Camille Cosby

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Camille Cosby
Camille Cosby.jpg
Camille Cosby at the 2000 Peabody Awards
Born Camille Olivia Hanks
(1944-03-20) March 20, 1944 (age 73)
Washington, D.C., U.S.
Nationality American
Other names Camille O. Cosby, Camille Olivia Hanks Cosby[1]
Alma mater University of Maryland
University of Massachusetts (PhD)
Occupation Television producer
Known for Philanthropy
Spouse(s) Bill Cosby (m. 1964)
Children 5, including Erika Cosby and Ennis Cosby
Parent(s) Guy A. Hanks, Sr.
Catherine C. Hanks
Awards 1992 Candace Award[2]

Camille Cosby (born Camille Olivia Hanks; March 20, 1944[3]) is an American television producer, author, philanthropist, and the wife of comedian Bill Cosby. The character of Clair Huxtable from The Cosby Show was based on her.

Early life[edit]

Camille was born Camille Olivia Hanks on March 20, 1944, in Washington D.C., to Guy A. Hanks, Sr. and Catherine C. Hanks (b. 1922). She grew up in Norbeck, Maryland, just outside Washington. She is the oldest of four children and is a distant cousin of Nancy Hanks Lincoln, mother of United States President Abraham Lincoln.[4][5][6] Cosby's father was a chemist at Walter Reed General Hospital and her mother worked at a nursery. Both of Cosby's parents had college educations, with her father earning a graduate degree from Fisk University and her mother earning an undergraduate degree from Howard University.[7][8]

Cosby attended private Catholic schools. First, she attended St. Cyprian’s, followed by St. Cecilia’s Academy.[9] After high school, Cosby studied psychology at the University of Maryland. While a student there, she went on a blind date during her sophomore year with Bill Cosby.[10] Engaged shortly after they started dating, the pair married on January 25, 1964.[8]

Following their marriage, Cosby and her husband had five children: Erika (born April 8, 1965), Erinn, Ennis (April 15, 1969 – January 16, 1997), Ensa, and Evin. Ennis was murdered in 1997 at age 27.[11]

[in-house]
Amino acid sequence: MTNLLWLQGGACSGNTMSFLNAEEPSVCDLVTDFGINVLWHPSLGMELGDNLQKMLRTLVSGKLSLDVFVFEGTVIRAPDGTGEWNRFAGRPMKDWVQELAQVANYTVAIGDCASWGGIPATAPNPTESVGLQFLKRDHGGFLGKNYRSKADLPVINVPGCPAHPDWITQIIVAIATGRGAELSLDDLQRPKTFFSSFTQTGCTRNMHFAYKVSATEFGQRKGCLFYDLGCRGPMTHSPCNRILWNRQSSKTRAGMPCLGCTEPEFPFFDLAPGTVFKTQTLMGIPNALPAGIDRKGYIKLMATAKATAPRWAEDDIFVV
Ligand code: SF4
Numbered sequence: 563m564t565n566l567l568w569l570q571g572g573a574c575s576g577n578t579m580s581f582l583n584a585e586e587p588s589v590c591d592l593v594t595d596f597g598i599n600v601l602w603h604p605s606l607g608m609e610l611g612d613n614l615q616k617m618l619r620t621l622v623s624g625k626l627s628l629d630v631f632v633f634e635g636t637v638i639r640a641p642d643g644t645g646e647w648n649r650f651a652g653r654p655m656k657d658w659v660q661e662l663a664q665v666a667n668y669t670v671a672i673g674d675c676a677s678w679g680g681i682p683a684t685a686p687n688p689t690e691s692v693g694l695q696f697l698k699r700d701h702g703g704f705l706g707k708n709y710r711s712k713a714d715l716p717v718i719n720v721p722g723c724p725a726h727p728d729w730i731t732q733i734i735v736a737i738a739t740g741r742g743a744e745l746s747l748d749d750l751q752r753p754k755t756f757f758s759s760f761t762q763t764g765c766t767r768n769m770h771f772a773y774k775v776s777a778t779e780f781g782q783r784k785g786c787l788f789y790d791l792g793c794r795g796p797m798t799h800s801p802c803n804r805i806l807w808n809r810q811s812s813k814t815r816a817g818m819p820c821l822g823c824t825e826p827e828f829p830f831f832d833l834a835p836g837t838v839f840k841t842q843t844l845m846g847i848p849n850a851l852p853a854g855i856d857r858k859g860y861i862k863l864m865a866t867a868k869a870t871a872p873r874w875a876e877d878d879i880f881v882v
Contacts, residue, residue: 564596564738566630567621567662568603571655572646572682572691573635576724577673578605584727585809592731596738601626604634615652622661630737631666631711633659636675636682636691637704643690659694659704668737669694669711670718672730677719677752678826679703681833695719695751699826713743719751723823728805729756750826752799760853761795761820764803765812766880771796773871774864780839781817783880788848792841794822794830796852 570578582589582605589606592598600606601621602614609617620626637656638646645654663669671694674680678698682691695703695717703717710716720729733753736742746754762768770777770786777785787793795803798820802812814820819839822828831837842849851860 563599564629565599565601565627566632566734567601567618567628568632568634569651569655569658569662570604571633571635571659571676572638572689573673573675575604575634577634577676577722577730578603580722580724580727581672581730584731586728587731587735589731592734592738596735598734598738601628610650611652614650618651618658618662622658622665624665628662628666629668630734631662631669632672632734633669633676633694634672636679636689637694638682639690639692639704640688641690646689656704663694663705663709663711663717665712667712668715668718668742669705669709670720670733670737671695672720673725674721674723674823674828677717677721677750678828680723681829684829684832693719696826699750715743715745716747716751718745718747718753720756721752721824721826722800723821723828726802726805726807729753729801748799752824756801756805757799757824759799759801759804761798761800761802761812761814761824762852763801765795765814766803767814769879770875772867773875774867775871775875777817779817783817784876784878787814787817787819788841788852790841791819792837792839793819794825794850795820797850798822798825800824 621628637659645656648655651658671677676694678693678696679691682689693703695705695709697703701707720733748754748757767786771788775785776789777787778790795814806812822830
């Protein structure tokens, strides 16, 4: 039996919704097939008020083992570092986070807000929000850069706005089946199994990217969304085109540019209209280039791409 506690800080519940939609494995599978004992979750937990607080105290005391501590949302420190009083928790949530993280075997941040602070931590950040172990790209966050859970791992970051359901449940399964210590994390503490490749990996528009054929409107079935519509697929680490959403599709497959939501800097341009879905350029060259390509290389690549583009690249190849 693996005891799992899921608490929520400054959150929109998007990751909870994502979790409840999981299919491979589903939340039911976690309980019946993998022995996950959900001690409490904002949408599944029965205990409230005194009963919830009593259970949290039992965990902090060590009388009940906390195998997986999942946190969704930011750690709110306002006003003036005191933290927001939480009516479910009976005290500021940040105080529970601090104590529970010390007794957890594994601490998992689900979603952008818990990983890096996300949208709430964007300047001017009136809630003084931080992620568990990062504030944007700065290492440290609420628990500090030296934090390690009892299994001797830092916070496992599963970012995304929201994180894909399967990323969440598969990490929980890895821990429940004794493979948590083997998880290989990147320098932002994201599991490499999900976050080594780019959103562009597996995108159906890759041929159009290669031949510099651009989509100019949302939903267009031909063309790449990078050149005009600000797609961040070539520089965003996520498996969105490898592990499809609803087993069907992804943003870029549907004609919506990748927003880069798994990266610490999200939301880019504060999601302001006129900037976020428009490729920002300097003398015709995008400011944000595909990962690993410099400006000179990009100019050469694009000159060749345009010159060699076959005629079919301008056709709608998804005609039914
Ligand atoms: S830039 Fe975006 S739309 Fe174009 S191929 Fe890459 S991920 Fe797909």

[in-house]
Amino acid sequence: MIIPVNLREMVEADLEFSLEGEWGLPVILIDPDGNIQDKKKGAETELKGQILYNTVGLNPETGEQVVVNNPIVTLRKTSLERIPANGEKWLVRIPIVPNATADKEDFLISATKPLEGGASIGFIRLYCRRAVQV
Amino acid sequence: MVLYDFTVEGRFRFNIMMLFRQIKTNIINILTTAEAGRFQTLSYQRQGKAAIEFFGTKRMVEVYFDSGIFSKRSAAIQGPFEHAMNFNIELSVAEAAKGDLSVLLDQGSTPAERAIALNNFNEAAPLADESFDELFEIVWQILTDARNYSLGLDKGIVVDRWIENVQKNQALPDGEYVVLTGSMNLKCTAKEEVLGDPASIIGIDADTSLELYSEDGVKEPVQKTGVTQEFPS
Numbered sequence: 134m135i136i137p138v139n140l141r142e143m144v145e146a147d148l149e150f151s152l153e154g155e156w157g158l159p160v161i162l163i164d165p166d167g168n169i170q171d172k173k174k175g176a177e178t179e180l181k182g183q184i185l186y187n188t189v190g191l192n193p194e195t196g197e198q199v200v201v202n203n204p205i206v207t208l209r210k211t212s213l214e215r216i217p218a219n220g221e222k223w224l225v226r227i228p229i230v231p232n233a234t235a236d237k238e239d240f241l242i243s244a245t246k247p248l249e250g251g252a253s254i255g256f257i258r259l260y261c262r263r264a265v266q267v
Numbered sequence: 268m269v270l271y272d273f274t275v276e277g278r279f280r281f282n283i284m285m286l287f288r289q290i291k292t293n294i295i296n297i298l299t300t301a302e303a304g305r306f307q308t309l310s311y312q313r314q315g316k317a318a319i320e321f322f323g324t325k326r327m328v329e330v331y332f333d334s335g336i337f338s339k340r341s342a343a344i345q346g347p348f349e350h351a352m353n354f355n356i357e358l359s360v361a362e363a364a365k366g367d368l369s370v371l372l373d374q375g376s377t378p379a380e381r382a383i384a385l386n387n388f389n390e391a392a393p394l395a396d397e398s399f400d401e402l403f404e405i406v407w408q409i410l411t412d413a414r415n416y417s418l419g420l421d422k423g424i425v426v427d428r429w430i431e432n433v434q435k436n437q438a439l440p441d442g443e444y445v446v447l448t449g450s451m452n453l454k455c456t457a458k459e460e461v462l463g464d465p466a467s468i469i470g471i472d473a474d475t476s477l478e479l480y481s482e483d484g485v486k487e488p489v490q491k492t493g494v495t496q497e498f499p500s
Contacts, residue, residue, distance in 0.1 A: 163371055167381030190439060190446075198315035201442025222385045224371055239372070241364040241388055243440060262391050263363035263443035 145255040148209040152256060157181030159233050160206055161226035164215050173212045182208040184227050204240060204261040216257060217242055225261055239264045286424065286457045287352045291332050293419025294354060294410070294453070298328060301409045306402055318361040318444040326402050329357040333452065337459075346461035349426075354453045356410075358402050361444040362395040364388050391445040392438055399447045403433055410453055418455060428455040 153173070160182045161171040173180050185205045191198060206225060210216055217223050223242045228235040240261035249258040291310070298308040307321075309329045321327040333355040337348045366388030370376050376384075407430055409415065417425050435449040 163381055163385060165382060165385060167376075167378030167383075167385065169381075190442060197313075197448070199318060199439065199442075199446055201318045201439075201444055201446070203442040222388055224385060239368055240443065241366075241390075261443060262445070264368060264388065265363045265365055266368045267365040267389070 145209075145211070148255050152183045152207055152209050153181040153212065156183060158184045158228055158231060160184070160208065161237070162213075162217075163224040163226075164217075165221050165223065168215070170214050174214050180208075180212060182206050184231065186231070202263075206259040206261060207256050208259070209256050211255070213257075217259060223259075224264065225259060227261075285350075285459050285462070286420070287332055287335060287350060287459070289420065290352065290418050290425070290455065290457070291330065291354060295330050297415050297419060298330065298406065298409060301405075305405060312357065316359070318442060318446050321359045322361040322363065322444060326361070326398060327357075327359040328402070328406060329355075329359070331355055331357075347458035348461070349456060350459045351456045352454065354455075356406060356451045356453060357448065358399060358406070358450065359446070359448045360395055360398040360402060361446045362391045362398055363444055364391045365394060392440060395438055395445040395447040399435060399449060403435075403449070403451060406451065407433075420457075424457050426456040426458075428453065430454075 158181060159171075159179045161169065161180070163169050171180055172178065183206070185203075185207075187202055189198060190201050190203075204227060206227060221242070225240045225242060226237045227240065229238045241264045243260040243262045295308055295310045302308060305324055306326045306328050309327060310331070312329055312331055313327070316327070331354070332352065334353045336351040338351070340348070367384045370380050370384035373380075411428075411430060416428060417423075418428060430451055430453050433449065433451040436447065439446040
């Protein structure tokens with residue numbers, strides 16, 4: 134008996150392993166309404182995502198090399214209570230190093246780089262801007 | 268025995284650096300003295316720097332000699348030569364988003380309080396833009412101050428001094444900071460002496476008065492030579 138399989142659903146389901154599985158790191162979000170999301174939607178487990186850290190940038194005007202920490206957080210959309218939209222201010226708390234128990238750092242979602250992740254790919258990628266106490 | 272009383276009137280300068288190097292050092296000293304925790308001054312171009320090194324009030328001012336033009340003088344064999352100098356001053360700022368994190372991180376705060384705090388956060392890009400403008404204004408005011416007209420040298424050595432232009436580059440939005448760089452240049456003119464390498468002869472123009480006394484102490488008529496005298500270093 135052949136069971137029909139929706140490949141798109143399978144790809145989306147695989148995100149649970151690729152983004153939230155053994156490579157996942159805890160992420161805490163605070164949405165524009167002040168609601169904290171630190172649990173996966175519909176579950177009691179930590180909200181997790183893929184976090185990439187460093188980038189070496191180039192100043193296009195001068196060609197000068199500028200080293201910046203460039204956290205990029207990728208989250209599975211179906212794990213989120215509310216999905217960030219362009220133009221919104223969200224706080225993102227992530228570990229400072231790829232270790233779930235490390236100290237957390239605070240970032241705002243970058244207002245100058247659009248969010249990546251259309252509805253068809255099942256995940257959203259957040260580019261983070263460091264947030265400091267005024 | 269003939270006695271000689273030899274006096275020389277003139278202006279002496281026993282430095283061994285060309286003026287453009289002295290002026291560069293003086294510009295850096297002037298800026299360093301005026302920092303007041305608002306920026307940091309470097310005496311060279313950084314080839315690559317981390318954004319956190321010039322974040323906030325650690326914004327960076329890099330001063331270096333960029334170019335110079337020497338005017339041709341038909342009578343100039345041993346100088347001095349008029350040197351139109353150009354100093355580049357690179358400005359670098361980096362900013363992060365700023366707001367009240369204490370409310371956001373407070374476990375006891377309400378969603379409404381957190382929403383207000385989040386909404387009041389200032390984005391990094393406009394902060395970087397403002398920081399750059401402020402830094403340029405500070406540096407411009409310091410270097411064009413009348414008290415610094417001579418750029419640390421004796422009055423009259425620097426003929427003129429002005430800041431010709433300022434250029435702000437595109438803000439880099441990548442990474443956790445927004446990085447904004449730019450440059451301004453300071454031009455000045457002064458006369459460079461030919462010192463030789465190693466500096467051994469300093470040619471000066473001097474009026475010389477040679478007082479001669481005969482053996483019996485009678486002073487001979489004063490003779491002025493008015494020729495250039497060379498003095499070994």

Career and education[edit]

Cosby acts as manager for her husband and has been depicted as a "shrewd businesswoman." During an interview with Ebony Magazine, Bill Cosby stated, "People would rather deal with me than with Camille. She's rough to deal with when it comes to my business."[12] She also "helps in the development of her husband's material", including suggestions for The Cosby Show, suggesting the Huxtable family be middle- rather than working-class.[4]

Cosby has been a supporter of African American literature, writing forewords for several authors. In 1993, she wrote the foreword for Thelma Williams' Our Family Table: Recipes And Food Memories From African-american Life Models.[13] In 2009, Cosby wrote the foreword for Dear Success Seeker: Wisdom from Outstanding Women by Dr. Michele R. Wright.[14] In 2014, she did the foreword for The Man from Essence: Creating a Magazine for Black Women, a book by Edward Lewis of Essence.[15]

In 1994, Cosby released Television's Imageable Influences: The Self-Perception of Young African-Americans, a book that "dramatically charts the damaging impact of derogatory images of African Americans produced in our media establishments."[16] The book was originally intended to be the subject of her thesis for her doctorate degree.

In 2001, Cosby worked with David C. Driskell for his book The Other Side of Color: African American Art in the Collection of Camille O. and William H. Cosby Jr., which focused on the Cosby's art collection.[17]

Together, Cosby and Renee Poussaint edited A Wealth of Wisdom: Legendary African American Elders Speak in 2004.[18]

Cosby was co-producer for the Broadway play Having Our Say: The Delany Sisters' First 100 Years, based on the book Having Our Say: The Delany Sisters' First 100 Years by Sarah "Sadie" L. Delany and A. Elizabeth "Bessie" Delany with Amy Hill Hearth.[19] Following the success of the show, Cosby acquired the film, stage and television rights to the story and later acted as executive producer for the 1999 made-for-television movie of the same name.[20][21][22]

In June 1987, Howard University in Washington, D.C., presented Cosby with a Doctor of Humane Letters, an honorary doctoral degree.[23]